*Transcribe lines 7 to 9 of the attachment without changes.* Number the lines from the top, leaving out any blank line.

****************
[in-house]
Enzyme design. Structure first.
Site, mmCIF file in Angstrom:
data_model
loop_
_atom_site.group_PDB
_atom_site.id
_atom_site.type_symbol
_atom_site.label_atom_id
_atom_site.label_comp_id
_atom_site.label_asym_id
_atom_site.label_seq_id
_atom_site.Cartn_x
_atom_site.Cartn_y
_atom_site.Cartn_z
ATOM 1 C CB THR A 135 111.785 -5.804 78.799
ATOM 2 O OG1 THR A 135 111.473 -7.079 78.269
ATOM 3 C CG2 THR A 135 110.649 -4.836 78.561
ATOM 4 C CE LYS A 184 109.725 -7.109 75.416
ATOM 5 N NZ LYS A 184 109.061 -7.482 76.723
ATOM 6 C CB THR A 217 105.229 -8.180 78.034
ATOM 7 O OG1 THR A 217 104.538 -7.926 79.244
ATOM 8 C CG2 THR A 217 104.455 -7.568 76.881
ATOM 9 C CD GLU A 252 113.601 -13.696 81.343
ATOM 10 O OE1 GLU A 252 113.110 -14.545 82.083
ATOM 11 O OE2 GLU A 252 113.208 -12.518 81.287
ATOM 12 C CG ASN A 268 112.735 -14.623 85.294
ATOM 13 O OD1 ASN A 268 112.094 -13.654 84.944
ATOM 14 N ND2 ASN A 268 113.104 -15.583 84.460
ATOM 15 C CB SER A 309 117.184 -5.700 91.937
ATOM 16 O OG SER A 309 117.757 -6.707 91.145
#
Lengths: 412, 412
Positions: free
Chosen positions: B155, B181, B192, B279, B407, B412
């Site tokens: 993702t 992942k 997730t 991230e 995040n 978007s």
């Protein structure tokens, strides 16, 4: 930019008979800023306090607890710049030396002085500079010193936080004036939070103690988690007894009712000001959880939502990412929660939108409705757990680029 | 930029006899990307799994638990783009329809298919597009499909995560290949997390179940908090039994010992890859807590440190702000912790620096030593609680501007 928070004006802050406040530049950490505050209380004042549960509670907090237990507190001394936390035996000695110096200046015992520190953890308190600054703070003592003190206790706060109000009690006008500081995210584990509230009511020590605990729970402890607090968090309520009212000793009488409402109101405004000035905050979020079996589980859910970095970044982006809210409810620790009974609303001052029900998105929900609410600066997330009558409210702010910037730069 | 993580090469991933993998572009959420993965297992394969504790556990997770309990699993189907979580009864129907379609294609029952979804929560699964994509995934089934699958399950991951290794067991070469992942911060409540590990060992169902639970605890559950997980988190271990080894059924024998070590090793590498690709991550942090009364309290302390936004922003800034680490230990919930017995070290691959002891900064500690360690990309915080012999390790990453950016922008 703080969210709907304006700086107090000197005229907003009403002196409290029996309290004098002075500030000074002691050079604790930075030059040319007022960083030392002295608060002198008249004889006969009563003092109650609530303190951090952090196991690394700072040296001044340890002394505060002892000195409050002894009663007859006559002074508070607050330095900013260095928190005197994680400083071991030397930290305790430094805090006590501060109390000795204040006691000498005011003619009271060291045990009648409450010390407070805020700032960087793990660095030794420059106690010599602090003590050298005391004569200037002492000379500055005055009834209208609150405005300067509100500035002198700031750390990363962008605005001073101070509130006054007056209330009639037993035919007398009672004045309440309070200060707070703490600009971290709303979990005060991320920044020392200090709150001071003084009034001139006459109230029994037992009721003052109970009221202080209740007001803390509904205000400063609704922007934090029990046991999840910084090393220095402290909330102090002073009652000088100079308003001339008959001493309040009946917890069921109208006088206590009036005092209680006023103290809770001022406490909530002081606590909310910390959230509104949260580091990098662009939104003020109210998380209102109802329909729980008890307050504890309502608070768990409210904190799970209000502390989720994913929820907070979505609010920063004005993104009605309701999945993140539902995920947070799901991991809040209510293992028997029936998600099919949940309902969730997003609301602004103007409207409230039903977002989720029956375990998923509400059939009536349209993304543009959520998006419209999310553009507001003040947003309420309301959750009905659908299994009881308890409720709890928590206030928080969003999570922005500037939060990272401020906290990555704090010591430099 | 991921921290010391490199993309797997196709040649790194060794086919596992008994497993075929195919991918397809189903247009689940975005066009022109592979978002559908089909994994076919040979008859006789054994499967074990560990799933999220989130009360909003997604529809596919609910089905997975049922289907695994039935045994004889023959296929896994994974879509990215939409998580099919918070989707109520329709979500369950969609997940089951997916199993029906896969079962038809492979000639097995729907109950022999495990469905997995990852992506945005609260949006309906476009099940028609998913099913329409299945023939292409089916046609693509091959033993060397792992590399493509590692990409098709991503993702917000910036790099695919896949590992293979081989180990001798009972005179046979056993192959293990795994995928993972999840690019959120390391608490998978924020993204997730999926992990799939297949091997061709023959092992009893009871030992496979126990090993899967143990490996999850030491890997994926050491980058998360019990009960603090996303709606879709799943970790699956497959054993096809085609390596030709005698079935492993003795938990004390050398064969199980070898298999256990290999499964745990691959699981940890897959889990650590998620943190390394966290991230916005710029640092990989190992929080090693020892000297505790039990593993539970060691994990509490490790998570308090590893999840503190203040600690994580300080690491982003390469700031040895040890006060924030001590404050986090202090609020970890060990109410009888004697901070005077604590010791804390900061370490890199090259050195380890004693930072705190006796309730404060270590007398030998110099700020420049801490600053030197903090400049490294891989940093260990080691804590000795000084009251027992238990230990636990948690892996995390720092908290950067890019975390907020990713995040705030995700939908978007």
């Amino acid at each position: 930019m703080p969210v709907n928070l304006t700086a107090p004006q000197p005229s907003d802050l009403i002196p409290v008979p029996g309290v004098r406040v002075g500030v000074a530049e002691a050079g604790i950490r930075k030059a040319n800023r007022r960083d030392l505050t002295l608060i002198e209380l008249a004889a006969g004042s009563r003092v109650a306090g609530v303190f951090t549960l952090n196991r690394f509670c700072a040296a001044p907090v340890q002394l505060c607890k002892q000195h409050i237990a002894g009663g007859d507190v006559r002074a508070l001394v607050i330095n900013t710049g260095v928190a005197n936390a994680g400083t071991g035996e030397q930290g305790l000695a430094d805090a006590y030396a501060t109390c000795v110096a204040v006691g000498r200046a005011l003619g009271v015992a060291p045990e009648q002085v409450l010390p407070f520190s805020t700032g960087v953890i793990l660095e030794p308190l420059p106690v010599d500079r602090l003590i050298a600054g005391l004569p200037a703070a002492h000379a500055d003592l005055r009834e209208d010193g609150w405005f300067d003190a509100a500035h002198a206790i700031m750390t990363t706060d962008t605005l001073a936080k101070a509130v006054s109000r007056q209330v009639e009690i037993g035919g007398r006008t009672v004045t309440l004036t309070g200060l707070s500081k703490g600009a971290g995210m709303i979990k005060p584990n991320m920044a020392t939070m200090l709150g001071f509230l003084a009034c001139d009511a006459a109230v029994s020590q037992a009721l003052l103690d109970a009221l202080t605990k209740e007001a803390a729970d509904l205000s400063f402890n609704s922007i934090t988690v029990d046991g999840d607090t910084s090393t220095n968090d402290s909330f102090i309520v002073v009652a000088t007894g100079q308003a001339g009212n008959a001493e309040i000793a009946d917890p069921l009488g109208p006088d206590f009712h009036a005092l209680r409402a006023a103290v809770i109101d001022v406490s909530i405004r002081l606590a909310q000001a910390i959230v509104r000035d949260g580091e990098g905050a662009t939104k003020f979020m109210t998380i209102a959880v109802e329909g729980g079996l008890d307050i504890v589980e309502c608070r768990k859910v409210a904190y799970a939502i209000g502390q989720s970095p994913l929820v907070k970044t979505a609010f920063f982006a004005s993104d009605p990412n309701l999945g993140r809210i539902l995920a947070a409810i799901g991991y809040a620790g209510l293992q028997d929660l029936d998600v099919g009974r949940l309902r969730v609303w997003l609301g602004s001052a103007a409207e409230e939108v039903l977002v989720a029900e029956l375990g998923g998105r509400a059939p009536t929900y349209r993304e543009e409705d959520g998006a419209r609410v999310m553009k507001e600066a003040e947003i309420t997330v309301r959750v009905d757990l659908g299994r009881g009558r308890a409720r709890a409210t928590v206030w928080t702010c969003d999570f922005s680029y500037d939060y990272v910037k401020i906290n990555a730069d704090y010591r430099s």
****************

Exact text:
_atom_site.id
_atom_site.type_symbol
_atom_site.label_atom_id